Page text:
Marvel's What If ...? Season 1 Episode 4 Review: Dark Strange
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Marvel’s What If …? Season 1 Episode 4 Review: Dark Strange

Marvel's What If ...? Season 1 Episode 4 Review: Dark Strange
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Marvel’s What If …? Season 1 Episode 4 Review: Dark Strange

This episode of Marvel’s What If …? focuses on Doctor Strange and his descent into darkness. He loses the love of his dreams and must travel into the darkness to find her. This episode is a mix of a sad story and great animation.

The Marvel Cinematic Universe movies do a fantastic job of bringing comics to life. Animation is the best. It is amazing to see how animation can bring something alive without reaching the uncanny valley. Marvel’s What If …? is a thrilling episode. The animation’s trippy visuals are amazing, and it’s great to see Doctor Strange in action. This episode is packed with some of the most heartbreaking stories in the MCU.

Story: A fixed point in time

We will be focusing on the Sorcerer Supreme. What if he loses more than his heart in the accident? In this instance, the heart is Christine Palmer. As in the timeline, they were still together at the beginning of the movie. This episode has a problem with Doctor Strange. It was Christine’s inclusion in the movie. Rachel McAdams was not given much to do in the movie, as her character wasn’t there for very long. If Claire were removed from the movie, the changes you would see wouldn’t be so drastic since it’s not a crucial piece.

As an example, take Pepper Potts from the Iron Man series. Because the movie develops and roots her in her relationship with Tony Stark, the audience cares. Imagine Tony losing Pepper. It will have a profound impact on the audience. The episode lifts your spirits and makes you believe these two are in love. It is effective in showing Christine’s passing and the progress Strange makes. For years since Christine’s death, we are shown a brief montage of the movie’s events. Strange still has the Eye of Agamotto. Strange uses it to save Christine. But it soon becomes apparent that it is a fixed point.

We feel the most for this relationship, as it ends in tragedy. Strange even tried to ghost her but soon discovered that her apartment had exploded. Strange is forced to take a dark road to prevent a certain outcome. Strange attempts to gain as much power, and the episode becomes tragic. Soon, we learn that Dr. Strange was actually divided by the Ancient One. Strange is split into two, as each of them takes different paths. It becomes a battle between Doctor and Doctor. It is a thrilling scene that makes the MCU’s most memorable scenes. We don’t want to give away too much; it’s not a happy ending.

Characters and Performances: The Tragedy Of Doctor Strange

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Benedict Cumberbatch does an amazing job of playing many different angles of Stephen Strange in such a short amount. It’s not the usual side we are used to seeing. The brilliant thing about the dark path of power that he takes is that it is not a left turn. It feels slow, even if it’s only for a brief time. Then he meets the Stranger who didn’t try to save Christine. This is the closest MCU has come to a true tragedy.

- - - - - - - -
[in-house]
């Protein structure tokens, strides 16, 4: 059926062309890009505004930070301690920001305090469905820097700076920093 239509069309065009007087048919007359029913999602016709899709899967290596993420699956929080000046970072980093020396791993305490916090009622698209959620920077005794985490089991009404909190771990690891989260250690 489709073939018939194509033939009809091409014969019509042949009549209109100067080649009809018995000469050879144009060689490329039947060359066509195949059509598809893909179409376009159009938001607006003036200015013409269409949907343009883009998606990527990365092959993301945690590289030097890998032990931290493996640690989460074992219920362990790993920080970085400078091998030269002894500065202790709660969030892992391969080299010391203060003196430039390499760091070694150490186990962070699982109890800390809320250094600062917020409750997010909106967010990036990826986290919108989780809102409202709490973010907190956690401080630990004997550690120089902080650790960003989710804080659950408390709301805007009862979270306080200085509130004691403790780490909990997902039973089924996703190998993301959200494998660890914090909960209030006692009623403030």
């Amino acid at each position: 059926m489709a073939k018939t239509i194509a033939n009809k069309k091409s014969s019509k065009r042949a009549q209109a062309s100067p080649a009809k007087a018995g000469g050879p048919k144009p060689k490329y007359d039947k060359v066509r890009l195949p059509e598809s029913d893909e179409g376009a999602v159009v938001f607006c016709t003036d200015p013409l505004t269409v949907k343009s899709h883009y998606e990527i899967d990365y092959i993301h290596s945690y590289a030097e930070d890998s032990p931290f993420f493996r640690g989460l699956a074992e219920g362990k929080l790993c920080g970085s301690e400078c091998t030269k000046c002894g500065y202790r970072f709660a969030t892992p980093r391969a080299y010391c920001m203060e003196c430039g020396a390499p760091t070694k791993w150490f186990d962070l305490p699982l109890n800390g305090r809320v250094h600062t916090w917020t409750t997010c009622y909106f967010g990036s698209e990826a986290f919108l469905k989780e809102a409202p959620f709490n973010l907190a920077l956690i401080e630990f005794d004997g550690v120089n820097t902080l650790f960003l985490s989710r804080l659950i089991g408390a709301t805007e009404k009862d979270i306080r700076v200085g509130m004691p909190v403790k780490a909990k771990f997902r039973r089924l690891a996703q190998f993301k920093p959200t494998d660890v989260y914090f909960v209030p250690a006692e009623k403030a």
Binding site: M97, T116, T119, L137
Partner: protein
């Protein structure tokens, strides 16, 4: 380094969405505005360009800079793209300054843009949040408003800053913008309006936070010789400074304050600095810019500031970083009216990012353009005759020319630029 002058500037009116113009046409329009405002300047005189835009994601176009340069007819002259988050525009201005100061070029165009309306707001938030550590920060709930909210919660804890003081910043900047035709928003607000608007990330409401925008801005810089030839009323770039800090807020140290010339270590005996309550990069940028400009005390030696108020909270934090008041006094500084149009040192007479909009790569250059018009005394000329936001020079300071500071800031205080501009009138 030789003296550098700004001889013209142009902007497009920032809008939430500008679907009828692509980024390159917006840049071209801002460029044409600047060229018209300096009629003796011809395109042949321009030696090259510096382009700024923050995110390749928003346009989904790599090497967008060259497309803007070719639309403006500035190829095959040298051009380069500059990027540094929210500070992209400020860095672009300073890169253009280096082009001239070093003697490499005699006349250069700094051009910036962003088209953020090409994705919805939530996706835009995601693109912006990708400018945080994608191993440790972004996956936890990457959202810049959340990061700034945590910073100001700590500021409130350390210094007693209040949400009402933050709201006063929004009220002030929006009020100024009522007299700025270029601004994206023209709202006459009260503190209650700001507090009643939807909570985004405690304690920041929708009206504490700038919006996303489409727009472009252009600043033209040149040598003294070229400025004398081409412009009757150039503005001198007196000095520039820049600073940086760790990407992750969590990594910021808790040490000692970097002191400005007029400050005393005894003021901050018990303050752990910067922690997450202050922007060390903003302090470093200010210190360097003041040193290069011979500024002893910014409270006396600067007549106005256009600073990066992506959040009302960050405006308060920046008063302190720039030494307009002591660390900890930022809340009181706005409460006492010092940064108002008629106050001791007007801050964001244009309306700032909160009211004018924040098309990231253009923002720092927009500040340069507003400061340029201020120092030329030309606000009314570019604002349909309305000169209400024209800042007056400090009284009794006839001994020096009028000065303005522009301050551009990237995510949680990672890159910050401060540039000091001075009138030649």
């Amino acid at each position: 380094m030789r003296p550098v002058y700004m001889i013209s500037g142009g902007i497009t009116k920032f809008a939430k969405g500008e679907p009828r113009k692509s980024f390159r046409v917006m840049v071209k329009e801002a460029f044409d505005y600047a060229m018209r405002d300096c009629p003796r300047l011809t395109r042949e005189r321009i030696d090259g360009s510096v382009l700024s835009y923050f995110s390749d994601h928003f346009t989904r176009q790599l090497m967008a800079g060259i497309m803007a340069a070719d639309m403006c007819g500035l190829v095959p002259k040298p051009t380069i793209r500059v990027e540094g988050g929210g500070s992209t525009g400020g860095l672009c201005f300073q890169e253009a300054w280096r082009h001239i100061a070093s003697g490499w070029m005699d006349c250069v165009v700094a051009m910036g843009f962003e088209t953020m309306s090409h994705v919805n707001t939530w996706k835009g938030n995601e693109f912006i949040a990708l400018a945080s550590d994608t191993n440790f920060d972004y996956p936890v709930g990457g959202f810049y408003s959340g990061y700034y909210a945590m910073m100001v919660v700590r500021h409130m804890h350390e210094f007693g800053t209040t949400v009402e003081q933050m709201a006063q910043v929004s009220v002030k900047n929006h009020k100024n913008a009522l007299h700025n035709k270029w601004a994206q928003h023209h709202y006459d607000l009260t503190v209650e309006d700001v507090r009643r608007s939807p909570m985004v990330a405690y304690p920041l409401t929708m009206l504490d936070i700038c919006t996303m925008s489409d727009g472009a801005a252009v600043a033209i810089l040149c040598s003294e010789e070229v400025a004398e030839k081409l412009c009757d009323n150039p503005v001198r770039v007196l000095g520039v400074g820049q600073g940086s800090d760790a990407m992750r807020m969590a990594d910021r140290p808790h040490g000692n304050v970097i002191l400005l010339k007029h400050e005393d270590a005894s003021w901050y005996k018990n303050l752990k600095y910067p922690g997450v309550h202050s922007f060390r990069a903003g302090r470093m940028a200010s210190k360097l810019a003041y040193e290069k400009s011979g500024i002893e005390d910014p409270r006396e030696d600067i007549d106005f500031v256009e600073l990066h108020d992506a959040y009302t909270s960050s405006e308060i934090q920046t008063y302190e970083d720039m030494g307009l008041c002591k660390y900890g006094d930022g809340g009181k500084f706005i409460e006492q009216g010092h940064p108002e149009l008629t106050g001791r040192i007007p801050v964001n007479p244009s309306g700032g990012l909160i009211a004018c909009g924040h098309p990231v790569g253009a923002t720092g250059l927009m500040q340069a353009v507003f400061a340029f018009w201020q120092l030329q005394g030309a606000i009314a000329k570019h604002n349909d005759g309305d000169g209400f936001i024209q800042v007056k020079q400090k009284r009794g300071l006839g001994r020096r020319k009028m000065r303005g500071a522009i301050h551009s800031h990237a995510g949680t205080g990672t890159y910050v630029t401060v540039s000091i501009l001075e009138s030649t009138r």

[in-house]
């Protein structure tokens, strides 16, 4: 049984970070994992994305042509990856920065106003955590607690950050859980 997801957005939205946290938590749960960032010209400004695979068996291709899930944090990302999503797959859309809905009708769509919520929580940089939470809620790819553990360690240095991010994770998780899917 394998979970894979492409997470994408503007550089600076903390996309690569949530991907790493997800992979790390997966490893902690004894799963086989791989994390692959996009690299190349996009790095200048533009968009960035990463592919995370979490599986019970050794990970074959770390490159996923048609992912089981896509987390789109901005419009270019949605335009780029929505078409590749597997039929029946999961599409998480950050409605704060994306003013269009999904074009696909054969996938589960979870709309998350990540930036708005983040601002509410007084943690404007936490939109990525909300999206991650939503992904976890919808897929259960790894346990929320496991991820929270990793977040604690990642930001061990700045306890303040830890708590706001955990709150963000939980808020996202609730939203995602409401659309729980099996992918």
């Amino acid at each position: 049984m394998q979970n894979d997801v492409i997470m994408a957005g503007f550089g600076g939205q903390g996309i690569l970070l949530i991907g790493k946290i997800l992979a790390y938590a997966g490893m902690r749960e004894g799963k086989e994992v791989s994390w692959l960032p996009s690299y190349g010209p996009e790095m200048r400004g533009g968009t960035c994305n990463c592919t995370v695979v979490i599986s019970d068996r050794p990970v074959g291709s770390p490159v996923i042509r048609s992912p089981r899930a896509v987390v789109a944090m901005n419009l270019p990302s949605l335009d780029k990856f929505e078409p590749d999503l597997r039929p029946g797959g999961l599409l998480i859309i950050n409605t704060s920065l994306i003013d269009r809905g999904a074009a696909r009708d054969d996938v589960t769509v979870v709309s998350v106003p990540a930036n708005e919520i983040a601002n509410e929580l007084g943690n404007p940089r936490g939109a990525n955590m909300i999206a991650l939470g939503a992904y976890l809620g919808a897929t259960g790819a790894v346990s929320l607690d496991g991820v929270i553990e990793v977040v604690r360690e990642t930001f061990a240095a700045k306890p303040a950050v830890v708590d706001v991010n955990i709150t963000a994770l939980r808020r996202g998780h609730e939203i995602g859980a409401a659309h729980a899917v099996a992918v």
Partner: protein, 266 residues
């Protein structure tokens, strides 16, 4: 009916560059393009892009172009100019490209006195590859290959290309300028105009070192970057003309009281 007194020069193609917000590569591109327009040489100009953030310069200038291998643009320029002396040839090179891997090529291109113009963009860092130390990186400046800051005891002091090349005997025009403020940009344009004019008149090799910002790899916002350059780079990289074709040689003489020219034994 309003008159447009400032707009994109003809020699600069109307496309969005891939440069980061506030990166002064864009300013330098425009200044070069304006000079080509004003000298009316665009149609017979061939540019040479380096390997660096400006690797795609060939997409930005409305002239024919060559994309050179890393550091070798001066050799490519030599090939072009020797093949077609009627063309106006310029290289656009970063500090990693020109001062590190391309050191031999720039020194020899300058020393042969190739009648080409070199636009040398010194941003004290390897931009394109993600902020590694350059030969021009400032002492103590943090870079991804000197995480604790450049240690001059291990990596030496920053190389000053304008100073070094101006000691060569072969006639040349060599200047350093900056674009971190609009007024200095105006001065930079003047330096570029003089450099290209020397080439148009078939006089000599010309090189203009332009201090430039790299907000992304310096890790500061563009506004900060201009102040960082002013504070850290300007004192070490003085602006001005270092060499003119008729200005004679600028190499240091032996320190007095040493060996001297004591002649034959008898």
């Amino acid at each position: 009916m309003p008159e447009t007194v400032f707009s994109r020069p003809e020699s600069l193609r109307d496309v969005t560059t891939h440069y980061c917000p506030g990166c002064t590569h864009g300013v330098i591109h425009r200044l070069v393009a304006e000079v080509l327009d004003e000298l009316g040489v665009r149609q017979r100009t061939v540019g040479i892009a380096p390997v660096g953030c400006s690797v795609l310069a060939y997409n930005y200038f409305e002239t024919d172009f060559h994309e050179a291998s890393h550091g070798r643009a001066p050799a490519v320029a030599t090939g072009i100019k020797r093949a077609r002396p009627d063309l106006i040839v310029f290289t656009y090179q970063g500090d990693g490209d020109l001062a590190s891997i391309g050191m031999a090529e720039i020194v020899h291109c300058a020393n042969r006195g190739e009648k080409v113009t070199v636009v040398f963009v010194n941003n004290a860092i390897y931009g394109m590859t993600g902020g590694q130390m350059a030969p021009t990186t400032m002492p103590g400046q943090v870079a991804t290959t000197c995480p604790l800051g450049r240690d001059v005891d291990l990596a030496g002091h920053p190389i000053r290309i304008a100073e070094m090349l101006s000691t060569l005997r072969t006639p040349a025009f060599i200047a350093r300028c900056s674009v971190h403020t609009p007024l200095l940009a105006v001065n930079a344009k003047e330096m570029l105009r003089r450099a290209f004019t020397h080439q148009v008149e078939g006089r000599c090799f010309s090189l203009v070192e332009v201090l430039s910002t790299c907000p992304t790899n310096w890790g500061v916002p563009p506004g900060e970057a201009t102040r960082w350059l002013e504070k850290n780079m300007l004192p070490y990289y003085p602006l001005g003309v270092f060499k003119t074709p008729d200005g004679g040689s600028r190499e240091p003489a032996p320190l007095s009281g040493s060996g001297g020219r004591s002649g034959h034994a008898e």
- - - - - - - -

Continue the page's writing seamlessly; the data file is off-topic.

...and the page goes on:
Perhaps the most surprising thing about this episode was how much The Watcher was featured. He usually appears in the background and narrates the episodes’ beginning and ending. We now hear him commenting about the events and the conflict between wanting to help but not interfering. We might be able to see more of The Watcher as a narrator. That’s an exciting possibility. Jeffery Wright’s voice is so rich that he adds. It’s powerful without sounding like a god.

Cinematography and Sound: The MCU Opera

This montage is a brilliant example of why we care about these events. Two key pieces show just how far Strange can go. The first one focuses on Christine’s death and Strange’s attempts to save her. We quickly discover that she will die regardless of what Strange does. It is a great way to help someone going through such pain. We root for him to succeed, even though we know the consequences. Although the second montage shows the animation, it is essentially a training one. Stephen’s animated creatures are so intricate that it is hard not to stop and admire them. As he absorbs their power, it just gets more frightening.

Laura Karpman’s score enhances the episode and makes it more like an opera. Beautiful music is played during the final battle. It then hits you with the powerful piano playing that will take your breath away. End credits are a simple display of the concept art and the music playing. They will take your breath away. As you absorb the pain and beauty of what’s being shown, you’ll be stunned into silence.

Editing and Pacing: A Short Story

Marvel’s What If has been difficult to compress as much information in just 30 minutes. This story is one that shows you how to work with what you have. We don’t have a detailed overview of Doctor Strange or the changes it has undergone. It’s instead a story about someone trying to save their love, with some significant consequences. The introduction of another Stranger into the mix can make things more complicated.

Although they have a solid explanation, I wouldn’t be surprised to see some people confused. This editing shows both versions of Sorcerer Supreme on different paths. It would have been great to see more shots in this style. It would have been a mini What If with the two Strange courses.

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Marvel’s What If …? Season 1 Episode 4 Review: Dark Strange
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